This is a lot like a quiche except it doesn’t have cheese—although, fun fact, neither does Julia Child’s quiche. It also has an unusually high proportion of goodies—in this case, bacon, caramelized onion, and thyme—to quiche-y egg-and-cream custard.
Serve it hot or room temperature for lunch, brunch, or dinner. It can be a main course, maybe with a green salad on the side, or a starter or side dish, perhaps with a holiday ham or turkey.
Last but not least, it’s a great excuse to practice making pastry. See this post for more about how to make pastry.
Serves 6 to 8
- FOR THE CRUST
- 1 1/2 cups all-purpose flour
- 1 teaspoon salt
- 1/2 cup (1 stick) cold unsalted butter, cut into 1/2-inch pieces
- 3 to 4 tablespoons ice water
- FOR THE FILLING
- 1 pound thick-cut bacon (8 to 9 slices), cut crosswise into 1/4-inch strips
- 1 large onion, halved lengthwise and cut into 1/4-inch slices
- 1 teaspoon salt
- 1/2 teaspoon freshly ground black pepper
- Pastry for one 11-inch tart or 9-inch pie, homemade (recipe below) or store-bought
- 1 1/3 cups heavy whipping cream
- 3 large eggs, lightly beaten
- 1 tablespoon fresh thyme leaves
To make the crust: In the bowl of a food processor, combine the flour and salt. Add the butter and pulse until the mixture forms a coarse meal. Add 3 tablespoons of ice water and pulse until moist clumps form when the dough is pinched (add more water as needed). Turn the dough onto a lightly floured surface, shape it into a 3/4-inch-thick disk, and cover it in plastic wrap. Set aside in the refrigerator at least an hour. (You can make the dough in advance, storing it in the refrigerator up to 3 days or in the freezer for up to several months. If frozen, defrost it in the refrigerator before proceeding.)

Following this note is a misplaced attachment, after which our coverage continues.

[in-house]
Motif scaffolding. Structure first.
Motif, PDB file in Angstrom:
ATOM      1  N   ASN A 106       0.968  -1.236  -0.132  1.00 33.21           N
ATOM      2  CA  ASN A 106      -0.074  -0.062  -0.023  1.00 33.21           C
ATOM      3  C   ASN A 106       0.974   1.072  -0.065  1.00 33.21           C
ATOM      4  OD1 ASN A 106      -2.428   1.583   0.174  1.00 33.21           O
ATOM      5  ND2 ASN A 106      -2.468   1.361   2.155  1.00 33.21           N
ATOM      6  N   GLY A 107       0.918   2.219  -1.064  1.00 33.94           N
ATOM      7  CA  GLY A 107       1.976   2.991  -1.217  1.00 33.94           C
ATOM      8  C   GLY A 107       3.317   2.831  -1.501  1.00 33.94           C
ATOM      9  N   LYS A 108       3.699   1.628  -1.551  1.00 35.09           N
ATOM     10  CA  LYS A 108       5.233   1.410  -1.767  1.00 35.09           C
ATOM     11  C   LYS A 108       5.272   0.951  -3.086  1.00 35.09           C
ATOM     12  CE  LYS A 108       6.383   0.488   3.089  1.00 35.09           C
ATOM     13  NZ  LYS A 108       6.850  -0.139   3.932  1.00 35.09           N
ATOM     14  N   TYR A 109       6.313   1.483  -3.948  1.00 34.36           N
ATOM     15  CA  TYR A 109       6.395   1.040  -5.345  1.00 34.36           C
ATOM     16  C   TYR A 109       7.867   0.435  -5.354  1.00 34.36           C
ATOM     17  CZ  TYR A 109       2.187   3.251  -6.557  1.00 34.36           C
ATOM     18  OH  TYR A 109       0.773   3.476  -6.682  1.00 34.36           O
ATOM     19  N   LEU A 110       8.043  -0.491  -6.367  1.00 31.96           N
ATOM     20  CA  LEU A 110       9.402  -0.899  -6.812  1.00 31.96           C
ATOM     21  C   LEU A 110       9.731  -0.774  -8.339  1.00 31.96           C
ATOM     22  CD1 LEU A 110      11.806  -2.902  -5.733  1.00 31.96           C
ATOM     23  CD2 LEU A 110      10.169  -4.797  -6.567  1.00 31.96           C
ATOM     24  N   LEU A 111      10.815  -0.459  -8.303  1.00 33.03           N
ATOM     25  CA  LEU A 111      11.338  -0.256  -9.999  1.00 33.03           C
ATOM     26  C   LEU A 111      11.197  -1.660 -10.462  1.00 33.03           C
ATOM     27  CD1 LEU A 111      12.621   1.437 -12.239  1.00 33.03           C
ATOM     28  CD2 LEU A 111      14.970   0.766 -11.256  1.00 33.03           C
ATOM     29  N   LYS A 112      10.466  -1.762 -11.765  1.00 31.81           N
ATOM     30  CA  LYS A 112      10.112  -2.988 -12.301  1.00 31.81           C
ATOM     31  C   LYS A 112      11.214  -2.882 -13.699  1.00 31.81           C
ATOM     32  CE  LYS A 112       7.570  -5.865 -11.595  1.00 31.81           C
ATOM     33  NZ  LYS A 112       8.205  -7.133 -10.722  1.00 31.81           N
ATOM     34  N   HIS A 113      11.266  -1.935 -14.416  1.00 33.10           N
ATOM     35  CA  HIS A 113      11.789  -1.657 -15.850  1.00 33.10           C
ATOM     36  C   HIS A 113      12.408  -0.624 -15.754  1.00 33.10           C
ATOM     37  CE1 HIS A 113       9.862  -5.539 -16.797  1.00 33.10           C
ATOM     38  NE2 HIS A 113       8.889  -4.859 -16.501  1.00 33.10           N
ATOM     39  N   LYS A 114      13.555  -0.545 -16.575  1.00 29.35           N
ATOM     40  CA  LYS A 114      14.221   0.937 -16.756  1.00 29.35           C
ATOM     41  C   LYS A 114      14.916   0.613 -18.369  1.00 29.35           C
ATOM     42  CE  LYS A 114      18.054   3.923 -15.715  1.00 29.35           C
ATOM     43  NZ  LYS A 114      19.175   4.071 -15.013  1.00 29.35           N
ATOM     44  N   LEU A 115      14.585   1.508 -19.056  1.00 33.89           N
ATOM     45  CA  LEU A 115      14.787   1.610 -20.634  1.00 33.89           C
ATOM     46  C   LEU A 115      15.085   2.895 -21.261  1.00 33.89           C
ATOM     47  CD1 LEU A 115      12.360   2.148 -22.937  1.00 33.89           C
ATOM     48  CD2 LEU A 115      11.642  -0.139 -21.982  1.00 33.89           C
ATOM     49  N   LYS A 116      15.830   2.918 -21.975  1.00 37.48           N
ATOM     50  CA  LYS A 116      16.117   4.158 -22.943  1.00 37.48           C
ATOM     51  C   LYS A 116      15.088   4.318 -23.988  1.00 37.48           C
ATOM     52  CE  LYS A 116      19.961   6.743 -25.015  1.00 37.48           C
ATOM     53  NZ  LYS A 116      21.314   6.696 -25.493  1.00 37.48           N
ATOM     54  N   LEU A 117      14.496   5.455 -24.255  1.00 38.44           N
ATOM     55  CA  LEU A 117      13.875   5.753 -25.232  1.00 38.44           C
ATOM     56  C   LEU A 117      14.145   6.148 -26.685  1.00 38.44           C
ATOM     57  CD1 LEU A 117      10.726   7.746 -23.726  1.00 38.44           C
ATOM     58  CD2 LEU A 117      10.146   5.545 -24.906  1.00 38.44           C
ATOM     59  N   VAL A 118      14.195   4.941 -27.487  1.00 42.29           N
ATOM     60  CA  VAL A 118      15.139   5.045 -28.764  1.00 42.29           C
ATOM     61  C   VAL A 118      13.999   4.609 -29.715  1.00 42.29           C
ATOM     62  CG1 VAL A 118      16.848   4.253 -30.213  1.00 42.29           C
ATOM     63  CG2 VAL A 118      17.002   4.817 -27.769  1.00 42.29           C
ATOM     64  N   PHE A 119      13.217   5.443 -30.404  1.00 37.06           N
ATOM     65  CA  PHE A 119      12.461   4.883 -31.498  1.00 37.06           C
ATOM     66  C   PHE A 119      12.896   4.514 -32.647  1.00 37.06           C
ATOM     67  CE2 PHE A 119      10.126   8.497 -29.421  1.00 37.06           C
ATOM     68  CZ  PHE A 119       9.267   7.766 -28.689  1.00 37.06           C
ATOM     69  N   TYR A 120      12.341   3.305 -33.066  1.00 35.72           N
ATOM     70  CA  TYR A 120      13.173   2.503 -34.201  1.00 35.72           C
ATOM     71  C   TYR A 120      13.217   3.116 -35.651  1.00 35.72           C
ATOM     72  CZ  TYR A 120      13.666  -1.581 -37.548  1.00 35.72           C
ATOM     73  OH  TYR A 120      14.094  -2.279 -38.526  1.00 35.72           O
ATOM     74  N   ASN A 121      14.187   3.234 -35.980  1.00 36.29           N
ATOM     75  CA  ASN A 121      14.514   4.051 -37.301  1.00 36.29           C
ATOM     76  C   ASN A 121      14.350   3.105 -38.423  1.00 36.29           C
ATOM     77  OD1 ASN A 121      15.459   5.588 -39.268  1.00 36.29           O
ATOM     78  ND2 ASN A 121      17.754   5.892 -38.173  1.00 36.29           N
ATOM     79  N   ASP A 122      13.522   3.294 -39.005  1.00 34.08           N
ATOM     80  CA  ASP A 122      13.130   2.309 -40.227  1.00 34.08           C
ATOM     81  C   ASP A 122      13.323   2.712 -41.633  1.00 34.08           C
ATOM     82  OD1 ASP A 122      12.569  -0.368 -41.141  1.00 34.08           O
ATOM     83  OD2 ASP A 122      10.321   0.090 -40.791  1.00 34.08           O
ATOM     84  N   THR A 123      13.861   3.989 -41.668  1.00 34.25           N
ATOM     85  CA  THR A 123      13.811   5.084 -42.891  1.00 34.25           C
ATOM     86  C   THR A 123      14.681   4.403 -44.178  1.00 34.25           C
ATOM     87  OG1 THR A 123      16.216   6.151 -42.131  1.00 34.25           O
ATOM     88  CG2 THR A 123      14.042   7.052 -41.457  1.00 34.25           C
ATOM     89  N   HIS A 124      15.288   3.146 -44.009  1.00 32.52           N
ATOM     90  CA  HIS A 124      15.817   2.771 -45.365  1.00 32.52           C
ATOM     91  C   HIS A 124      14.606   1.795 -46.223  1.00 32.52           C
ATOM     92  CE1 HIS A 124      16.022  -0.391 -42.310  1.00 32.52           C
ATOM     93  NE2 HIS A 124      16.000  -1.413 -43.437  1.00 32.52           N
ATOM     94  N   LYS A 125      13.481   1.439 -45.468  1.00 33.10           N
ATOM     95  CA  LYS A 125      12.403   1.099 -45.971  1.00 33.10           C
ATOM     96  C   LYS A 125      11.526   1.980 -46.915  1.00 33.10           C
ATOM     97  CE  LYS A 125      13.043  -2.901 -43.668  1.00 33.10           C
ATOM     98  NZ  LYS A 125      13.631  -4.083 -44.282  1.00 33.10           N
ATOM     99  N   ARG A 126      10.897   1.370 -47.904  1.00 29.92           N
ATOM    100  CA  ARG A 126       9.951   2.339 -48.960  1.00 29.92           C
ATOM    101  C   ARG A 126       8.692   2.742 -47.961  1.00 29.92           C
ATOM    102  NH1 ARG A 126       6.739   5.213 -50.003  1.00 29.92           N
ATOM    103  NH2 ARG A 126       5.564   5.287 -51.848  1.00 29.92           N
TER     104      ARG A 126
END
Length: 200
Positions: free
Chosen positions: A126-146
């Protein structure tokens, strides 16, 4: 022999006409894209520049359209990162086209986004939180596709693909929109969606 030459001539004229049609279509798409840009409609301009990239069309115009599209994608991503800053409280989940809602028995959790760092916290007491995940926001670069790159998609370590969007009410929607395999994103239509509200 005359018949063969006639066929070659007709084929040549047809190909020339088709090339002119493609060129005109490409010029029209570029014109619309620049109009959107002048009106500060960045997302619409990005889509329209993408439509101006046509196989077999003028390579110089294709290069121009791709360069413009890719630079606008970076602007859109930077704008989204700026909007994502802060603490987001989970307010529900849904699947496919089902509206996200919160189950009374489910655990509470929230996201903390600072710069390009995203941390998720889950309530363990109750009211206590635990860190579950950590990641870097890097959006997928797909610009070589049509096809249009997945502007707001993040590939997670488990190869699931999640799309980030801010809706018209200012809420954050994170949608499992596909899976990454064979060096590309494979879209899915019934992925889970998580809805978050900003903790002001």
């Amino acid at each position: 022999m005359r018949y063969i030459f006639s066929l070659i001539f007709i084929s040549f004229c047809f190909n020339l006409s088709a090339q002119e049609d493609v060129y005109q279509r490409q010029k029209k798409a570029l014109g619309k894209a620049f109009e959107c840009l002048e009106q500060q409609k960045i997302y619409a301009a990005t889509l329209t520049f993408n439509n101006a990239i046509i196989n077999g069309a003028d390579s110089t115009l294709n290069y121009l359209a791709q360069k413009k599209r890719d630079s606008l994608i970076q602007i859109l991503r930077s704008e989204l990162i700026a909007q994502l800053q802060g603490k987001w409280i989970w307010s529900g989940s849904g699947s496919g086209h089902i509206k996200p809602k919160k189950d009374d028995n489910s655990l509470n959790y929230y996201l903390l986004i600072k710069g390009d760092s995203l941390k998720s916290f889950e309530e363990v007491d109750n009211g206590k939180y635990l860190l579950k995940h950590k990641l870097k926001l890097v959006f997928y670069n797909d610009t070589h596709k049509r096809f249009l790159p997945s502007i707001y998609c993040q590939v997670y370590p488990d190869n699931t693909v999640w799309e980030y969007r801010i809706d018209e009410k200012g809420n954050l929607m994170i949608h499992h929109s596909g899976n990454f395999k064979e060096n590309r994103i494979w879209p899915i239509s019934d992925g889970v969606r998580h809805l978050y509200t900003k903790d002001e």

To make the pie: In a large skillet over medium-low heat, cook the bacon, stirring occasionally, until crisped, 20 to 25 minutes. Use a slotted spoon to transfer the bacon to a medium bowl. Pour off all but 2 tablespoons of the bacon fat.
Add the onion, salt, and pepper to the skillet and cook, stirring occasionally, until the onion is soft, 4 to 5 minutes. Reduce the heat to very low and cook, stirring occasionally, until the onion is golden brown and very tender, 25 to 30 minutes. Transfer the onion mixture to the bowl with the bacon and set aside to cool. (You can prepare the bacon and onion mixture in advance, storing it covered in the refrigerator for up to 3 days or in the freezer for several months. Return it to room temperature before proceeding.)
On a lightly floured surface, roll out the dough to a 12-inch circle. Fit the dough into a 9-inch pie pan and trim the excess to a 3/4-inch overhang, then use the overhang to create a decorative edge. Use a fork to pierce the bottom of the pastry all over. Refrigerate for 30 minutes. (You can refrigerate the pastry, covered, for up to a day.)
Preheat the oven to 350°F.
Place the chilled pie shell on a rimmed baking sheet and line the shell with foil and pie weights. Bake until the pastry is pale golden along the rim, about 20 minutes. Carefully remove the foil and weights and continue baking until the shell is just set, about 5 minutes.
Meanwhile, in a large bowl, whisk together the cream, eggs, and thyme. Add the bacon and onion mixture.
Remove the shell from the oven and add the cream, bacon, and onion mixture. Bake until the pie is browned on top and a tester inserted in the center comes out clean, 40 to 45 minutes.
Let stand at least 10 minutes before slicing and serving.